During the discussions I had with participants of my experiment, some girls began talking about how they appreciate nature, and their environment on a day-to-day basis. They feel as if they know this campus by heart, and that there is nothing novel about it anymore, giving them reason to rush through with their faces buried in their mobile devices. Yet when there is a snowy day on campus, everyone starts taking pictures and posting them to Instagram and Facebook, showing the world and the rest of campus, just how beautiful the white fluffy snow is. Did they ever consider just admiring the snow? Or rolling around in it, making snow angels and snowmen? What causes people to stop and take pictures so they can publish it to a form of social media, before enjoying the beautiful environment by simply being there? There is some inherent need among my generation in particular, to publish their lives to social media. Mobile phones allow for this to happen instantly, where ever we are. It’s rewiring how we perceive our environment. Our first thought isn’t to stop and appreciate, but to snap a picture, publish it, and prove that we saw it. I realize this is a generalization, but the amount of people in my generation who have this mind set has got to be an overwhelming majority. As McLuhan says, “In the electric age, when our central nervous system is technologically extended to involve us in the whole of mankind and to incorporate the whole of mankind into us, we necessarily participate, in depth, in the consequences of our every action” (p. 4). This quote hits this phenomenon right on the spot. Mediums, like mobile devices, are extending our central nervous system through their technology and as a result we begin to feel compelled to keep the rest of mankind informed on exactly what we are doing. Simply because we have the technology, it becomes easier for us to accept the fact that we are all much more interconnected than we were in the past, when the local community was all that we knew.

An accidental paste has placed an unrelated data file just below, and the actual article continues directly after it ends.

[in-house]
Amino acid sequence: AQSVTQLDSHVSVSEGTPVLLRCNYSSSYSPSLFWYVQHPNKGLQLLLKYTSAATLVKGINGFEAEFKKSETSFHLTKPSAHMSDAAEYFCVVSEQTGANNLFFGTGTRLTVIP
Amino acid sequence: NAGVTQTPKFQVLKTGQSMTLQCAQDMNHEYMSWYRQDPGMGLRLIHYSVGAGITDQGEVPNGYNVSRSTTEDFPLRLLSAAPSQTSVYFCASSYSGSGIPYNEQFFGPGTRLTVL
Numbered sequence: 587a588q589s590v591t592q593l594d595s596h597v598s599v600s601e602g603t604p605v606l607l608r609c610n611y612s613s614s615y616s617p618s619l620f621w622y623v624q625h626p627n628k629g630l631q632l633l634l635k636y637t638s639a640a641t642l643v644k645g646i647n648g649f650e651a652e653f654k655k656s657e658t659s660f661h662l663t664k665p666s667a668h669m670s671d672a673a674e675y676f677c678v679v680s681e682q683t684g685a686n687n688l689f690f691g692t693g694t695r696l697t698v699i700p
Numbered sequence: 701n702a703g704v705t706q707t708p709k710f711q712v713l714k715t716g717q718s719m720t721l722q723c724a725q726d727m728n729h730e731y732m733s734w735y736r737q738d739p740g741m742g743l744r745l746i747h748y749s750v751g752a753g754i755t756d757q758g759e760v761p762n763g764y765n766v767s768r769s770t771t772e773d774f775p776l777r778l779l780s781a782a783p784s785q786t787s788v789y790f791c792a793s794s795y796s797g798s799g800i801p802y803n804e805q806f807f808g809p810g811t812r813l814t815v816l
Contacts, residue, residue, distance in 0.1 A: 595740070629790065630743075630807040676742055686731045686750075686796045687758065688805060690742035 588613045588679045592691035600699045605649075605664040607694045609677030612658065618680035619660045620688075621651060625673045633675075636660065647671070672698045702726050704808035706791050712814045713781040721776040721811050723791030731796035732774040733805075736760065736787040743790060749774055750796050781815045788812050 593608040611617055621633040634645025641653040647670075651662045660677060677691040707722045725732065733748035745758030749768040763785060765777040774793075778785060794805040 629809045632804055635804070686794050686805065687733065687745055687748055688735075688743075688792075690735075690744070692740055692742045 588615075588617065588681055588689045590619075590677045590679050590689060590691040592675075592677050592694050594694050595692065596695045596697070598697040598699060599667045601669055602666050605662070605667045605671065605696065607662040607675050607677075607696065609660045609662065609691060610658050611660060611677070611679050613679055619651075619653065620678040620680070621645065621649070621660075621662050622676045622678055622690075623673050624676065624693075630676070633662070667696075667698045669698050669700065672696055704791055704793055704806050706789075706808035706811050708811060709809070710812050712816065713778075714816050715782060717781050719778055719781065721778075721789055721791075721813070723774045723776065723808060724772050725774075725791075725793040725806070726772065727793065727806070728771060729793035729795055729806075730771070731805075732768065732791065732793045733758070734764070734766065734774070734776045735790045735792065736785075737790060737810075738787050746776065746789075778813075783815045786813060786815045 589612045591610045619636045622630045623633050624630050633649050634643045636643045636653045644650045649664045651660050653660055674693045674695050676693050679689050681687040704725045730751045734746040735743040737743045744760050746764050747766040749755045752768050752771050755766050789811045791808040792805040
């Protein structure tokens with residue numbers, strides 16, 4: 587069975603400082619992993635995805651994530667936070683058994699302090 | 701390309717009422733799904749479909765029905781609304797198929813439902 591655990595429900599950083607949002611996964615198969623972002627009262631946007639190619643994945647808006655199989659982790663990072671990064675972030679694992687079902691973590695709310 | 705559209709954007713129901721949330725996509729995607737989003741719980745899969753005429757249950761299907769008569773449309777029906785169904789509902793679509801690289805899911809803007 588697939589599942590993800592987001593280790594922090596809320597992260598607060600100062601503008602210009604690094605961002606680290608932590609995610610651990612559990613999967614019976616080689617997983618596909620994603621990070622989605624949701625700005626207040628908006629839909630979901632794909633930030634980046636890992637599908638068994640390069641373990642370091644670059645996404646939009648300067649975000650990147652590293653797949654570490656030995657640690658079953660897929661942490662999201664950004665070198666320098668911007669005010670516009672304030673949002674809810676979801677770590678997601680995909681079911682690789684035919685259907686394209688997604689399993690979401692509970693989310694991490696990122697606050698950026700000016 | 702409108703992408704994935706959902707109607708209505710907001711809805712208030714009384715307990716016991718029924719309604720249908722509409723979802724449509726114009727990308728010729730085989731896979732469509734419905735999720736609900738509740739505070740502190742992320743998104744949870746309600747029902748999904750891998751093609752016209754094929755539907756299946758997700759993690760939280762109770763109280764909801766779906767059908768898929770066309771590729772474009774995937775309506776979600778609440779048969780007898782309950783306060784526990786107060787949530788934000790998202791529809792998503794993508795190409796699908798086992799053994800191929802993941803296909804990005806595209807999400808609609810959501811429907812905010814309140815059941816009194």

Mobile phones create an interesting paradox regarding communication. While they are in their most basic sense, a medium with which people can communicate, they are also extremely distracting to the user’s understanding and recognition of their most immediate surroundings. People’s sense of the local and the present can be completely annihilated. We are able to “…almost stop living where [we are] and start living in other places or other times” (Solnit, 4). Solnit discussed this annihilation in terms of photography and the displacement of seeing images that happened in other times and places, yet I feel it is still applicable to newer forms of technology like mobile phones. With the use of mobile phones, we are able to displace our minds into networks of thousands of applications and programs. In doing so, we leave the present moment and mentally go to some ambiguous place of coded information. “Those carried along on technology’s currents were less connected to local places, to the earth itself, to the limitations of the body and biology, to the malleability of memory and imagination” (Solnit, 22). We are losing all of these things: our connection to the local, our appreciation of the earth, and our own human limitations. With technology, we think we are invincible…There’s always an app for that, right? We are sacrificing the present, the here and now, in order to gain some aspect of progression and advancement, whatever that may be.